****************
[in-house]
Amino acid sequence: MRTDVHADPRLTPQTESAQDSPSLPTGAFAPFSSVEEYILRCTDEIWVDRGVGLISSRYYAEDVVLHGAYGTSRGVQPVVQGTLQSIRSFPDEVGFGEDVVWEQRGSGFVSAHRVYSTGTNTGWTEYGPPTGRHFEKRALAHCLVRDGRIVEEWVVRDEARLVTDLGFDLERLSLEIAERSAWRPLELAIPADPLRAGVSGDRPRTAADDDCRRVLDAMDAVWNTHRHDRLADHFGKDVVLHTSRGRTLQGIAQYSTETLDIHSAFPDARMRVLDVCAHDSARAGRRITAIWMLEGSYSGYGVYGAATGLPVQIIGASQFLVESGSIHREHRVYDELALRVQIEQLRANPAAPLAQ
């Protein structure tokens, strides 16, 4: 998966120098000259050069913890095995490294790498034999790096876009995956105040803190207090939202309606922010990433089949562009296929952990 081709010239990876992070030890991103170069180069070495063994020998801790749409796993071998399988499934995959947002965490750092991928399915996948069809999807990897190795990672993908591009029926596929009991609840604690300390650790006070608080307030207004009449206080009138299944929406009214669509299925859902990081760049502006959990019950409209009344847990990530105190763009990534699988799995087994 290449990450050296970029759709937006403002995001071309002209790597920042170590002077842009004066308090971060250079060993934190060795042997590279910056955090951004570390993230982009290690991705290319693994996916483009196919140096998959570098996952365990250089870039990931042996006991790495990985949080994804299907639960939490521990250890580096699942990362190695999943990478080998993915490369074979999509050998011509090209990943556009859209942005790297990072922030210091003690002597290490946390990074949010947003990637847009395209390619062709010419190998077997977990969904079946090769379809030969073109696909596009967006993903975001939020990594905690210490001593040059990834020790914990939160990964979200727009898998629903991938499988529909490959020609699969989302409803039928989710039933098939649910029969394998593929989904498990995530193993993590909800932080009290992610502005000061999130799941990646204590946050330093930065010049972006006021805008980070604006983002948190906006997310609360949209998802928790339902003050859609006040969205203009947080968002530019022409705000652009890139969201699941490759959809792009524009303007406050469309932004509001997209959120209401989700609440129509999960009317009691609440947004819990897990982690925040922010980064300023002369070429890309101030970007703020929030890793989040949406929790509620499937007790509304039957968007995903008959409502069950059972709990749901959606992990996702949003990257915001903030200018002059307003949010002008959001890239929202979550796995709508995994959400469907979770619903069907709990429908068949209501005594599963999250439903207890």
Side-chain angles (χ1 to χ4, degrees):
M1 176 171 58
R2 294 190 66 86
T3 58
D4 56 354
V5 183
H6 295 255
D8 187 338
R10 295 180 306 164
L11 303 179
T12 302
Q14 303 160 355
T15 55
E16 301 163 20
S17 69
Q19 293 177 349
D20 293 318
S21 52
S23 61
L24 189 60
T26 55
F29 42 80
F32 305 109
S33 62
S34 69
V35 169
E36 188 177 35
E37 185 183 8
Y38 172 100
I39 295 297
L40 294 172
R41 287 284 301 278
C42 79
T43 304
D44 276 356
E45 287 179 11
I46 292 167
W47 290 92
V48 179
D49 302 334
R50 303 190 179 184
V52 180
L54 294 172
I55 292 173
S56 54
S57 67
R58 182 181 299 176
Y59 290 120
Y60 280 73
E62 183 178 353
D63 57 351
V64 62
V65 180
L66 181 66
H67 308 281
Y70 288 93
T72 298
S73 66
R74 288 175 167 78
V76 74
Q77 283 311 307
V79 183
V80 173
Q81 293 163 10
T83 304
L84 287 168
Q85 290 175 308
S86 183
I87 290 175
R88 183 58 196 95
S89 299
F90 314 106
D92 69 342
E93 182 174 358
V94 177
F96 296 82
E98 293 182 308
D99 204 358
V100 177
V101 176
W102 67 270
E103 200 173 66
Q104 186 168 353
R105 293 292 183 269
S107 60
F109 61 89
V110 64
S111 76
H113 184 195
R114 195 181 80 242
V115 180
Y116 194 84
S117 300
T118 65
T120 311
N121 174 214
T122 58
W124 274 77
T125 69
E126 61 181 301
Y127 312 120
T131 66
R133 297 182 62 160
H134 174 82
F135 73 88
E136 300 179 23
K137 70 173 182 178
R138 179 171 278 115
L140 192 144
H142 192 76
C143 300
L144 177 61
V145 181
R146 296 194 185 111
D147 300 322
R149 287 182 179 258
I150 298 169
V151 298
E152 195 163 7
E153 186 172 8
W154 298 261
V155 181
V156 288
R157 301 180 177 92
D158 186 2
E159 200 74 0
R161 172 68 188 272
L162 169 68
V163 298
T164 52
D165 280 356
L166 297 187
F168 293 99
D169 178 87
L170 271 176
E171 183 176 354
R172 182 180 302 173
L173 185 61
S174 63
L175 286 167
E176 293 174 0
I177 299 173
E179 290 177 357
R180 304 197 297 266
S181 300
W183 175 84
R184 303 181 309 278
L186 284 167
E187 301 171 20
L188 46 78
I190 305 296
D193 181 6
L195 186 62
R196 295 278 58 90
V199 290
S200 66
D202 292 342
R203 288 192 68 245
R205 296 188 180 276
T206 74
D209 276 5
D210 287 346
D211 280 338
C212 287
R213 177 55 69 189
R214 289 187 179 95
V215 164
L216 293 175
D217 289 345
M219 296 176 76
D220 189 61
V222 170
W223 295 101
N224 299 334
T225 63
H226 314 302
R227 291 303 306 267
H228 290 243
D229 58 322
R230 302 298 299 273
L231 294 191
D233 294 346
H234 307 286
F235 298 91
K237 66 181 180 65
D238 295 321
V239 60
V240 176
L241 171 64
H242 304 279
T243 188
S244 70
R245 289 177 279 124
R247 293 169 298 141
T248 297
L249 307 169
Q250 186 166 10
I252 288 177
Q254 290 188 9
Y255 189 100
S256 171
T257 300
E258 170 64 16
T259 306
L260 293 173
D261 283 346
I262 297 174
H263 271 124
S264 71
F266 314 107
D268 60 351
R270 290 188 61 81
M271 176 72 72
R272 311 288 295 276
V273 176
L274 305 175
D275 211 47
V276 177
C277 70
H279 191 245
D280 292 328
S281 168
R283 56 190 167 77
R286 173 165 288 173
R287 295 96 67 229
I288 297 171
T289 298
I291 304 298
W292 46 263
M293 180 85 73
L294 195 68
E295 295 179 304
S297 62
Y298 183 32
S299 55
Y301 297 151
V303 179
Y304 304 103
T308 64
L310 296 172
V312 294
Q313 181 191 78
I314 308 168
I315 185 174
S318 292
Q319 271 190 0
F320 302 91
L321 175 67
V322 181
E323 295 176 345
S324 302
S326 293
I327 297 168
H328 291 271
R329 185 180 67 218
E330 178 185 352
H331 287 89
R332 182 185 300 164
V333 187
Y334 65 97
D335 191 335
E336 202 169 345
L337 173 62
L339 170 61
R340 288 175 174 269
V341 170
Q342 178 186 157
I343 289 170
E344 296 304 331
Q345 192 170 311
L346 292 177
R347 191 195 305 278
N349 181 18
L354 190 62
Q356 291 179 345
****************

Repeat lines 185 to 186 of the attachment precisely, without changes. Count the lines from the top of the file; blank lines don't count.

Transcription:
D233 294 346
H234 307 286